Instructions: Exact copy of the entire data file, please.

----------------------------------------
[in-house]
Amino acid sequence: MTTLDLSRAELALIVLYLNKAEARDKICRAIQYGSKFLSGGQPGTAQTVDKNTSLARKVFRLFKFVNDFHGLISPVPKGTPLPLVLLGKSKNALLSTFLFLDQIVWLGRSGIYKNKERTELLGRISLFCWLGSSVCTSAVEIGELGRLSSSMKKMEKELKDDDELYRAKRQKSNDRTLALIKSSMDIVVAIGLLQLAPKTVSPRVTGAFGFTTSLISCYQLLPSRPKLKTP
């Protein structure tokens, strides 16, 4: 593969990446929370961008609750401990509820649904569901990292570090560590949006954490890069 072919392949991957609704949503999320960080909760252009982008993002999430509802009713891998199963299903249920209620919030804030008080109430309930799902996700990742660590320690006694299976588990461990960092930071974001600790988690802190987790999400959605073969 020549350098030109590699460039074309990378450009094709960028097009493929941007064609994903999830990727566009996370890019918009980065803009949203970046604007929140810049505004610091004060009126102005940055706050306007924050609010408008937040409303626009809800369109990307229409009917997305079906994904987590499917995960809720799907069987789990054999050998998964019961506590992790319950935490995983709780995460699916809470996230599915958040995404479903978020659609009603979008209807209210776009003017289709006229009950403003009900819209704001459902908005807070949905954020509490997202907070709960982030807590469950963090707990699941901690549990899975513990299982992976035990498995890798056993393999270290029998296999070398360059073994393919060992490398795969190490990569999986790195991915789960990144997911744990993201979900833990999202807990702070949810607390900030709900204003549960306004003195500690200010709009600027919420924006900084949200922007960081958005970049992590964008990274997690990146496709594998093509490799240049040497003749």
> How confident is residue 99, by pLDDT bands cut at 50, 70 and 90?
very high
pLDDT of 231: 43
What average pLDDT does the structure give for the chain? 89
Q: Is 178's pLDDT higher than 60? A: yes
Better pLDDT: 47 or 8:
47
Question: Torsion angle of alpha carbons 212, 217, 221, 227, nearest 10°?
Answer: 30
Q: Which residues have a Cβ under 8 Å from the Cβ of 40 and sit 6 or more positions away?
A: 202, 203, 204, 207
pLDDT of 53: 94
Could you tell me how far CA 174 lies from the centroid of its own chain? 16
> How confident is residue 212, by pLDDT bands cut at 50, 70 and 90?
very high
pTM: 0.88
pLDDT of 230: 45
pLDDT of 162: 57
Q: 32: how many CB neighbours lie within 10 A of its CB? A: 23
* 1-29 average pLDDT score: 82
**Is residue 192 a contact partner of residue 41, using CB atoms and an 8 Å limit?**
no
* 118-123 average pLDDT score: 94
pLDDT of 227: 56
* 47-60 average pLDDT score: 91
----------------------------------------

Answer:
[in-house]
Amino acid sequence: MTTLDLSRAELALIVLYLNKAEARDKICRAIQYGSKFLSGGQPGTAQTVDKNTSLARKVFRLFKFVNDFHGLISPVPKGTPLPLVLLGKSKNALLSTFLFLDQIVWLGRSGIYKNKERTELLGRISLFCWLGSSVCTSAVEIGELGRLSSSMKKMEKELKDDDELYRAKRQKSNDRTLALIKSSMDIVVAIGLLQLAPKTVSPRVTGAFGFTTSLISCYQLLPSRPKLKTP
């Protein structure tokens, strides 16, 4: 593969990446929370961008609750401990509820649904569901990292570090560590949006954490890069 072919392949991957609704949503999320960080909760252009982008993002999430509802009713891998199963299903249920209620919030804030008080109430309930799902996700990742660590320690006694299976588990461990960092930071974001600790988690802190987790999400959605073969 020549350098030109590699460039074309990378450009094709960028097009493929941007064609994903999830990727566009996370890019918009980065803009949203970046604007929140810049505004610091004060009126102005940055706050306007924050609010408008937040409303626009809800369109990307229409009917997305079906994904987590499917995960809720799907069987789990054999050998998964019961506590992790319950935490995983709780995460699916809470996230599915958040995404479903978020659609009603979008209807209210776009003017289709006229009950403003009900819209704001459902908005807070949905954020509490997202907070709960982030807590469950963090707990699941901690549990899975513990299982992976035990498995890798056993393999270290029998296999070398360059073994393919060992490398795969190490990569999986790195991915789960990144997911744990993201979900833990999202807990702070949810607390900030709900204003549960306004003195500690200010709009600027919420924006900084949200922007960081958005970049992590964008990274997690990146496709594998093509490799240049040497003749």
> How confident is residue 99, by pLDDT bands cut at 50, 70 and 90?
very high
pLDDT of 231: 43
What average pLDDT does the structure give for the chain? 89
Q: Is 178's pLDDT higher than 60? A: yes
Better pLDDT: 47 or 8:
47
Question: Torsion angle of alpha carbons 212, 217, 221, 227, nearest 10°?
Answer: 30
Q: Which residues have a Cβ under 8 Å from the Cβ of 40 and sit 6 or more positions away?
A: 202, 203, 204, 207
pLDDT of 53: 94
Could you tell me how far CA 174 lies from the centroid of its own chain? 16
> How confident is residue 212, by pLDDT bands cut at 50, 70 and 90?
very high
pTM: 0.88
pLDDT of 230: 45
pLDDT of 162: 57
Q: 32: how many CB neighbours lie within 10 A of its CB? A: 23
* 1-29 average pLDDT score: 82
**Is residue 192 a contact partner of residue 41, using CB atoms and an 8 Å limit?**
no
* 118-123 average pLDDT score: 94
pLDDT of 227: 56
* 47-60 average pLDDT score: 91